The lure of the Netflix documentary, a true 21st Century phenomenon. Lockdown sealed it for most of us, long lonely hours sat in front of the TV. Even the most avid film fans had worn out their DVD collections by the middle of the pandemic, and Netflix became the international go-to with The Tiger King and Don’t fuck with Cats. People who would never normally bat an eyelid at such clickbait were consumed, and I include myself in this. Following the Jeffrey Epstein and Harry and Meghan docs is no mean feat, but Netflix seems to just keep chugging this stuff out with lurid titles and unlikely anti-heroes.
One such figure is Kai, aka The Hatchet Wielding Hitchhiker, who is currently riding high on the Netflix chart. Lured in once again by the sleazy title and the genius trailer, I found myself once again glued to the TV in a way I’d not experienced since the Dahmer serial late last year.
Is it coincidence or just a sick fact that we are drawn in by the presence of these misfits? Reception theories would suggest that it makes us feel better about ourselves, but I’m feeling that we just use these sad figures to entertain us.
Kai Lawrence is the Hatchet Wielding Hitchhiker in question. A victim of circumstance or a deranged killer, you decide, viewers! Finding himself on a hitchhike from hell with a deranged racist, hellbent on crushing a black construction worker with his car, then bear-hugging a woman bystander, Kai found himself in the middle of a drama that changed his life in a second. As the driver was squeezing the life from the said woman, Kai leapt into action a la “Maxwell’s Silver Hammer,” whacking the guy three times with a hatchet (that he just happened to be carrying).
As we watch Kai morph from a homeless hobo with a skateboard into a media sensation, even appearing on the Jimmy Kimmel show, events take a much darker turn, and Kai ends up as the focal point in a police investigation, and I’ll leave it there.
Colette Camden’s documentary itself works well as eye candy for the morbidly curious, seemingly a high percentage of Netflix viewers, and unlike the overlong series structures of those previously mentioned epics, this clocks in at an hour and a half. Mainly because there’s actually not that much to cover; it’s a suppertime dive into the dark side of the media and those it affects.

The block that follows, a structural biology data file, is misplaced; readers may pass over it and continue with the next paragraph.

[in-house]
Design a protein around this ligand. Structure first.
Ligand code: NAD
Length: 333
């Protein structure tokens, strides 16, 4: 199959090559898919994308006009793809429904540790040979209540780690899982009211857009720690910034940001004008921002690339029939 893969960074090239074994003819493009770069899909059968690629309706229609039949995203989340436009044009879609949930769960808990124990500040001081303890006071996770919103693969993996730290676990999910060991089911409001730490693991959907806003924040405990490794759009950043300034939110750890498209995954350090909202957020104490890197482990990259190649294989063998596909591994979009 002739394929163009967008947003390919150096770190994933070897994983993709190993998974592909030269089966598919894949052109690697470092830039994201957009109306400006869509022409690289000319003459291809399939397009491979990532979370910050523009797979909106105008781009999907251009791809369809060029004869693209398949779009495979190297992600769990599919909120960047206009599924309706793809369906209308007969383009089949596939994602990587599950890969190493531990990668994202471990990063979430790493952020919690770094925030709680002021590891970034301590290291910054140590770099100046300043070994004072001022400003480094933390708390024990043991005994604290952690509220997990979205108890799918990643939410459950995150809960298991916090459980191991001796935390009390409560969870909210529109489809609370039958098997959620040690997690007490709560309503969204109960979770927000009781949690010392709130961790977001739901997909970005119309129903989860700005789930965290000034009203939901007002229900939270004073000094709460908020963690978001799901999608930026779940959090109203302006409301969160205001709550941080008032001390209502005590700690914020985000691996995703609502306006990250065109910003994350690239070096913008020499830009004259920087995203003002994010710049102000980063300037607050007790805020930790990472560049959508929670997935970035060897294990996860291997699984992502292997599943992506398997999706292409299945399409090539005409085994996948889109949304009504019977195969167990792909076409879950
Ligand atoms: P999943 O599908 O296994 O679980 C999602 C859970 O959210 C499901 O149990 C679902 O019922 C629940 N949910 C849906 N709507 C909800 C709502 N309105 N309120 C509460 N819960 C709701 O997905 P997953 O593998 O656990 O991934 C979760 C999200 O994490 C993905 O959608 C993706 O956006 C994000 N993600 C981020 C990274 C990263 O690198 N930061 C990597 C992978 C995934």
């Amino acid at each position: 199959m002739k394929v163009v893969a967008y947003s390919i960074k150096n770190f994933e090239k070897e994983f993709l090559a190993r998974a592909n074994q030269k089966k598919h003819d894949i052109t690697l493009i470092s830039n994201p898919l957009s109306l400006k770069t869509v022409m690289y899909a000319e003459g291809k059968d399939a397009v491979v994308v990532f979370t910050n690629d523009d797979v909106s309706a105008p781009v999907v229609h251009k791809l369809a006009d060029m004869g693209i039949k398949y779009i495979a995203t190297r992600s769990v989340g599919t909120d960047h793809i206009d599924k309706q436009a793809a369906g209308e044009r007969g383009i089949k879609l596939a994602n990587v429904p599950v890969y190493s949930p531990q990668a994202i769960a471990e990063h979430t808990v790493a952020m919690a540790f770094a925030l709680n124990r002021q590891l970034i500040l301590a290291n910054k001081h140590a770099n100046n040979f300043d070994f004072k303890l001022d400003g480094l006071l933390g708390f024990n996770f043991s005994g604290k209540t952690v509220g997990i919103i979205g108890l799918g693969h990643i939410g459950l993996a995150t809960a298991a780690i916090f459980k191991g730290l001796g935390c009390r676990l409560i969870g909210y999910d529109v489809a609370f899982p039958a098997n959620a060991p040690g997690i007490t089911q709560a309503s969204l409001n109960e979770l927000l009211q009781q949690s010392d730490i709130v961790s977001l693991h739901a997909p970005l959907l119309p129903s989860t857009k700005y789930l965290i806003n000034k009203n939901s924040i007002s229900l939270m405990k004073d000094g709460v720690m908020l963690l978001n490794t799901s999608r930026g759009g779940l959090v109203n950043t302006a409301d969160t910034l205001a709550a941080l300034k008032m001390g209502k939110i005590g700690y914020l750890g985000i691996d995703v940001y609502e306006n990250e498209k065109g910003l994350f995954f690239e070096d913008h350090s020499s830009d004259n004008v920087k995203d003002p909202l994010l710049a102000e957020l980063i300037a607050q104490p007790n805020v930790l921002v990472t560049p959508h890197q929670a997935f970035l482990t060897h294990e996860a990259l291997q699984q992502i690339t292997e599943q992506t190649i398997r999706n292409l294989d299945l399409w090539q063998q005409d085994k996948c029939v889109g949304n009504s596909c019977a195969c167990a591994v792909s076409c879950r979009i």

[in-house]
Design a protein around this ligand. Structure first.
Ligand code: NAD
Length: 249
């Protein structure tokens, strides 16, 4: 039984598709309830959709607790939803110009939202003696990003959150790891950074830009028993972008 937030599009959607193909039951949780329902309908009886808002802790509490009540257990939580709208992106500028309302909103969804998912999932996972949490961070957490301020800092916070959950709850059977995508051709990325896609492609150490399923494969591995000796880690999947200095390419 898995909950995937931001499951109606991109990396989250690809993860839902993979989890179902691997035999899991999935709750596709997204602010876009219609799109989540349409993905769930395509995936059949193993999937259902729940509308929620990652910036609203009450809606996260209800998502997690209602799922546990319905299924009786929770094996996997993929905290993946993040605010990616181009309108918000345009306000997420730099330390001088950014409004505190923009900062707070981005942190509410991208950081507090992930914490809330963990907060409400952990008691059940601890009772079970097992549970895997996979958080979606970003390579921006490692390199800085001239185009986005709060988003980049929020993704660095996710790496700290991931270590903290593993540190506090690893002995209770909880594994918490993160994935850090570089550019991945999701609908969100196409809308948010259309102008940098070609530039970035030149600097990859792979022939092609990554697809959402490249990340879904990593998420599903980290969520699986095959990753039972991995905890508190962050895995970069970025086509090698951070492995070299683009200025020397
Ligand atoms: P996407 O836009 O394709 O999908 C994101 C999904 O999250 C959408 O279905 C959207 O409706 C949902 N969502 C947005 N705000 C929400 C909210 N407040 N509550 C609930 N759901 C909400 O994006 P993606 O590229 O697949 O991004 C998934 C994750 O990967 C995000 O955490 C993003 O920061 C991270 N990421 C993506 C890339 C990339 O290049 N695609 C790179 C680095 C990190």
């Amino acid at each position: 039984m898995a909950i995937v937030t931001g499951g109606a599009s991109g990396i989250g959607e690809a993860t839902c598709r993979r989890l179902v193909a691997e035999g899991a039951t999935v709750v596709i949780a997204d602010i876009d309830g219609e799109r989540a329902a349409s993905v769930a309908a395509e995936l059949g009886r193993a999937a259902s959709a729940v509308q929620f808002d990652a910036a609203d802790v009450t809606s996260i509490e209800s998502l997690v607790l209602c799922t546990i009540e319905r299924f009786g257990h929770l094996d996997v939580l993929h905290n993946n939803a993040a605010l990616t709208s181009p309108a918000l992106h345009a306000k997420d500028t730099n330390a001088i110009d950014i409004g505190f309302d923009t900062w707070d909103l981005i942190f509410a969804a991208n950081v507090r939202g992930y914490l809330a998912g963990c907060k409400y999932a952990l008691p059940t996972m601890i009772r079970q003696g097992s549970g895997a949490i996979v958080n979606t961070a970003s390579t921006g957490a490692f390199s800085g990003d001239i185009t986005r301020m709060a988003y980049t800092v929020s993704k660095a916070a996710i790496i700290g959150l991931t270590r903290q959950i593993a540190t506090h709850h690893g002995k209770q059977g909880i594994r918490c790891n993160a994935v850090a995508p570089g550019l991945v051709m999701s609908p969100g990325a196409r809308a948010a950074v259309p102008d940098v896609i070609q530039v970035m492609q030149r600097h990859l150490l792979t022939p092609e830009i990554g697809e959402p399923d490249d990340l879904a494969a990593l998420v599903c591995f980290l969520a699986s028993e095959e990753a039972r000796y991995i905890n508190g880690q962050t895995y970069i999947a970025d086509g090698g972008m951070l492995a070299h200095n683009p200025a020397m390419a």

Sharp editing, nifty use of archive footage and shiny new interview material make for another predictable addition to the Netflix canon of crime, and yes, it is an easy and enjoyable watch.
It is, however, nothing more than contemporary Exploitation. Not a million miles away from Mom and Dad and Reefer Madness, or any amount of those post-war juvenile delinquency movies that summoned blockbusting queues across American cities, audiences in search of a real-life child-birth or an illicit drugs party.
What makes this so exploitative (in my view anyway) is not so much the presentation but the lack of any real psychology here. Kai, along with Tiger lady Carole Baskin, Kitty Killer Luka Magnotta and 2022’s favourite TV cannibal Jeff Dahmer are all clearly suffering from some level of mental illness or, at the very least high-level learning needs. Never do we fully see a case for investigating these conditions and reasoning out their actions, the aim always being to shock, intrigue and demonize whilst also making them unlikely anti-heroes.
Such is the modern-day doc, and Netflix is at the forefront in this new wave of glossy grot exploitation. We watch, we enjoy, and we beg for more. Kai himself has spoken out in anger about Netflix’s depiction of him, which could provide a valid extra chapter to the tale. Watch it and see how a mass media organization has uncovered how previous mass media organizations created a monstar (Yes, monSTAR); it’s perpetual.
Director: Colette Camden
Writer: Colette Camden
Release Date: January 10, 2023 (United States)
Run Time: 1 hour 25 minutes